Post-lockdown bounce-back and scarring

When economies reopen some expect a bounce back in sectors such as retail, hospitality and catering as soon as most controls are lifted. The situation is more complex than that.

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  1. Charles Stanley

The world's great advanced cities like New York, Paris and London are centres of culture and entertainment, eating out and tourism. They provide these services for local residents, commuting office workers, staycation trippers from their country and foreign visitors in their millions. The rents and capital values of their offices and shops have been high, reflecting the heavy footfalls across their pavements and the lure of the large city for companies seeking headquarters accommodation.

These cities, their leisure and hospitality businesses and their property sectors have been particularly badly hit by the measures taken to counter the pandemic. The ending of most pleasure flights has removed most of the foreign tourist business from these cities.

As companies have been told to get their employees working from home, they have lost the lunchtime and after-work trade. They have suffered from long periods of lockdown, closing bars, cafes and restaurants completely, or requiring them to work with outdoors seating, reduced covers or takeaway only. Most retail has been subject to periods of full closure, and other periods of social distancing and reduced working.

Not a return to normal

Some think all will bounce back as soon as most controls are lifted. After all, they argue, there is plenty of money saved by the many who kept their jobs and faced restrictions on spending. They will be back in the theatres, cinemas, museums, cafes, bars and restaurants. The office workers too will return, in part, as most companies have kept hold of their office space against the day when they can use it again.

Others point to the obvious and continuing signs of major distress in many of the service sectors and property markets that make up a great city. Retail has been particularly badly damaged on both sides of the Atlantic, accelerating the trend to online sales which predated the virus. In the US, the rash of financial reorganisations has included Tailored Brands with 1400 stores, JC Penney with 846, Ascena with 2800, GNC with 2633 and Pier 1 with 991. Store closures and lower rents often follow such major changes.

In the UK, New Look agreed no rent on 68 stores and turnover related rents, lower than before, on 403 outlets. Debenhams is closing all its stores to go online under new owners. Most of Arcadia's brands have also gone to online specialists, with many stores to close.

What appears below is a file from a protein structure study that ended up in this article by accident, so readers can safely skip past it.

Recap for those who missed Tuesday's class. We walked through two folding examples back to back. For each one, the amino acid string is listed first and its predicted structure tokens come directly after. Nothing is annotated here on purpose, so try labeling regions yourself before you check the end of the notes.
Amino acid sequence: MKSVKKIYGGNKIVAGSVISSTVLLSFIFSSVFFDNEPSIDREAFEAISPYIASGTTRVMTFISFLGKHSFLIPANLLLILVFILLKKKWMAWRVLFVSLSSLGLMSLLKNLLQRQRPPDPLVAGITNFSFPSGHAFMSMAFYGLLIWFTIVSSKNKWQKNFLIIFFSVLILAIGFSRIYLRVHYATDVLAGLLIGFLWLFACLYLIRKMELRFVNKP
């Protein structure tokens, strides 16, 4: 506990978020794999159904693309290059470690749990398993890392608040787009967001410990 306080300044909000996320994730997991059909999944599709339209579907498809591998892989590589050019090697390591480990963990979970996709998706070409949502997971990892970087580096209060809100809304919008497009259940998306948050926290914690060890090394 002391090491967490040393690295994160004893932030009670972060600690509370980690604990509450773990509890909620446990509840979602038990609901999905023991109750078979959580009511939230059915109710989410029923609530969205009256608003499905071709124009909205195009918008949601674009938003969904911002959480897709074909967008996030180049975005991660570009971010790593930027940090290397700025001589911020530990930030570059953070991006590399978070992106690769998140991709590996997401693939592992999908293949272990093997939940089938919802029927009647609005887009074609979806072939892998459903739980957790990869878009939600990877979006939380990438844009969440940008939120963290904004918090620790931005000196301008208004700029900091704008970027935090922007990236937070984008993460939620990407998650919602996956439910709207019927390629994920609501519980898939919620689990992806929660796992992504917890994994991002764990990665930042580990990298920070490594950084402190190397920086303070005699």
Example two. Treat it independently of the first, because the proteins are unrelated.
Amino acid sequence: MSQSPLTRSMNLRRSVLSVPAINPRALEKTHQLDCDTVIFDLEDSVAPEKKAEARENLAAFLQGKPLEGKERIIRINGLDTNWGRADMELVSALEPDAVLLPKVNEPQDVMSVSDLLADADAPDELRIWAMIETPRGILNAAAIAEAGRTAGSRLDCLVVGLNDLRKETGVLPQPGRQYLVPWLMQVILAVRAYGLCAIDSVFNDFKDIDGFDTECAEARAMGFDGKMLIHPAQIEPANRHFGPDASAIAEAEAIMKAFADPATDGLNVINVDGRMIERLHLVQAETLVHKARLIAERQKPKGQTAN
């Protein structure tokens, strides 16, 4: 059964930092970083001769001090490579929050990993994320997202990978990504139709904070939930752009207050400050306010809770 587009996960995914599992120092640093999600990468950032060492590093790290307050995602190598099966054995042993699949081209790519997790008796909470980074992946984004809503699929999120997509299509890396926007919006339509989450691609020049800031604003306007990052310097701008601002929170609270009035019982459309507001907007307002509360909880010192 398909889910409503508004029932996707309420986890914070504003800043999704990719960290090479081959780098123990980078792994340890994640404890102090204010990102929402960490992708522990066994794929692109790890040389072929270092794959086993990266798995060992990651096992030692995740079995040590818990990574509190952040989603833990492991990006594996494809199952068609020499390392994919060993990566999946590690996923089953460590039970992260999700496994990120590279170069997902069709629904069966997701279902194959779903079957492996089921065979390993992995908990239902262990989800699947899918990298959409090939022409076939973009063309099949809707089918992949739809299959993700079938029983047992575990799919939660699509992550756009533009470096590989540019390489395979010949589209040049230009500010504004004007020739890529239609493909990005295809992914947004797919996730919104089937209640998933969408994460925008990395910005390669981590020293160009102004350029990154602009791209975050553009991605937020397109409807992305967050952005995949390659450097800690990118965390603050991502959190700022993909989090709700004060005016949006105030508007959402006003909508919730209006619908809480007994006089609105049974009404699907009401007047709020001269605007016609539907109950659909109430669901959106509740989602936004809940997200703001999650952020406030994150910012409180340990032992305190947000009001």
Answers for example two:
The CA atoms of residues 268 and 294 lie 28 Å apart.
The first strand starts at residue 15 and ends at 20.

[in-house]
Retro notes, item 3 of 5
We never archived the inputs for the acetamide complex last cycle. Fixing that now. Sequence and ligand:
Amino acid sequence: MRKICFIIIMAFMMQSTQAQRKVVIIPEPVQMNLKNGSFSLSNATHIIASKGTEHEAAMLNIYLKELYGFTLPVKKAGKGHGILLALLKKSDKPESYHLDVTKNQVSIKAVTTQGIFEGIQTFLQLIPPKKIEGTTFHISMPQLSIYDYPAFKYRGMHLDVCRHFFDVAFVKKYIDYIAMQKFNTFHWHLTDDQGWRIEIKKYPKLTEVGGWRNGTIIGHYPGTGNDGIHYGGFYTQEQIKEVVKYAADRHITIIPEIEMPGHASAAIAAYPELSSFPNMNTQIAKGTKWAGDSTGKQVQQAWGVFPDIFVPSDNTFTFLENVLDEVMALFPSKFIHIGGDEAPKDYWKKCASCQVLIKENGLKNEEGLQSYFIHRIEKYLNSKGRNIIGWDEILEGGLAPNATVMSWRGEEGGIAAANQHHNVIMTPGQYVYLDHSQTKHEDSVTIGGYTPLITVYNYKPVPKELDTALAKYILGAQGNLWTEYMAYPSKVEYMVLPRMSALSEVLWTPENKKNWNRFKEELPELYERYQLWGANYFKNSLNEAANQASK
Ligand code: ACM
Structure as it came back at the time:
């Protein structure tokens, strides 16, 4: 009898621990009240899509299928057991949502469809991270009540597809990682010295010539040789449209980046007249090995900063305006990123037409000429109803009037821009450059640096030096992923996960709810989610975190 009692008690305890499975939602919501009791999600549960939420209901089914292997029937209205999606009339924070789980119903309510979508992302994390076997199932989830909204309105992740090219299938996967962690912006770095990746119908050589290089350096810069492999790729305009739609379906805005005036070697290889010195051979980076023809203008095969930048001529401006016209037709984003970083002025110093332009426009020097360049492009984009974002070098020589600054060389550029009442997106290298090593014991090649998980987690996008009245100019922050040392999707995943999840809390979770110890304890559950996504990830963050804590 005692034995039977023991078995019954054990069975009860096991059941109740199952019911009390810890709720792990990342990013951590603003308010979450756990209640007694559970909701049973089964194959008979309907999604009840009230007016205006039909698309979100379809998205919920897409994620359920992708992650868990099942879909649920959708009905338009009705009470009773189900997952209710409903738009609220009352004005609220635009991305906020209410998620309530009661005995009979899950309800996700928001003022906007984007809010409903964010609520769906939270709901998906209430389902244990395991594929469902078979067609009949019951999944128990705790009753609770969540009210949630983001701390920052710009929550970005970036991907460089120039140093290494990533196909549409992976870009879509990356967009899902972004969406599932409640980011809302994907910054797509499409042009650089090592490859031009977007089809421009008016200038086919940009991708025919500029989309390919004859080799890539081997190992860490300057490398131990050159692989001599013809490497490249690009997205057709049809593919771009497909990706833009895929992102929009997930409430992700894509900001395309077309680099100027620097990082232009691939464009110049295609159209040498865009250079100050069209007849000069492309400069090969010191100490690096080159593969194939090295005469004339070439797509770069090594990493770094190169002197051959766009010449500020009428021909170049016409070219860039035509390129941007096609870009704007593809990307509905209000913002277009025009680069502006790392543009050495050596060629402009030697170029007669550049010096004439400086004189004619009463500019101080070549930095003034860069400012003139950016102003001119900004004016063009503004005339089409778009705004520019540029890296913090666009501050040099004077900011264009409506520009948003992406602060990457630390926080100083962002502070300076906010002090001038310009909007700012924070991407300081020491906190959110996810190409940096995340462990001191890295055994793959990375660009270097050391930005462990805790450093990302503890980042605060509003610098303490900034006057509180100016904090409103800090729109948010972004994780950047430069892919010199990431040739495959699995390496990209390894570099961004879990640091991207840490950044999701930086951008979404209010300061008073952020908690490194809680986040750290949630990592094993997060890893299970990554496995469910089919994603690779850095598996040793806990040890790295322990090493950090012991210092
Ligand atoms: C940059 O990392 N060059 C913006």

In 2020, retail failures affected 54 companies with 5214 shops in the UK. John Lewis has announced the closure of its major new flagship store in Birmingham, a blow to the centre there. It is also seeking to convert part of its Oxford Street shop to offices. 63 Jaeger stores and 65 TM Lewin shirt shops belong to brands moving to online models under new owners.

Dining out will be scarred

Many who think catering will bounce back more than retail have to admit that there are a number of chains in financial trouble, looking to slim down the number of restaurants and hotels from which they trade.

In the UK, Travelodge has entered a voluntary arrangement seeking new terms for its hotels. Pret a Manger, Zizzi, Casual Dining, Pizza Express and other companies and brands are shutting restaurants to slim their networks.

The great cities have more shop space than can be traded profitably at old rental levels. There will have to be both a further reduction in average rents, and a slimming of retail space. Whilst the leisure and tourist trades will probably revive as lockdown ends, boosting catering, it is not clear that there will be a full return to offices and train stations, affecting the restaurants and bars which serve the office workers and commuters. In these areas too some property will need to be repurposed and some rents will have to fall.

Valuers are finding it difficult to judge future values, when demand and profitability is so difficult to gauge. When looking at most shops, it is saftest to start with what is the alternative use value, given how many will need to be converted. In too many cases people hope the old value will return with more people arriving in the High Street, leaving shop values still exposed given the need for change. Some restaurants and bars too will need reappraisal in the light of changed and reduced flows of customers in their part of the city.

It is still too early to back full recovery in traditional shops, and there is need to be selective about catering revival, given the extreme pressures created by long lockdowns and changing consumer patterns. There are also a lot of hospitality businesses with large new debts to get them through the period of little or no cash flow. They will be asking their funders for more to see them through recovery. Some need patience from lenders over the debts accumulated so far. Investors need to be aware of the dangers that some will go through administration before they recover.

This week, HSBC announced plans to slim its office estate, aiming for a reduction of 40% over the longer term. We await more news and plans from other large users of city offices. Last year in London, new demand was well down on previous years. Rents were stable with some increase in rent free periods for new lets, whilst vacancy levels rose. It is taking time for businesses to decide what the new normal might be like – and how much homeworking there will be post pandemic.

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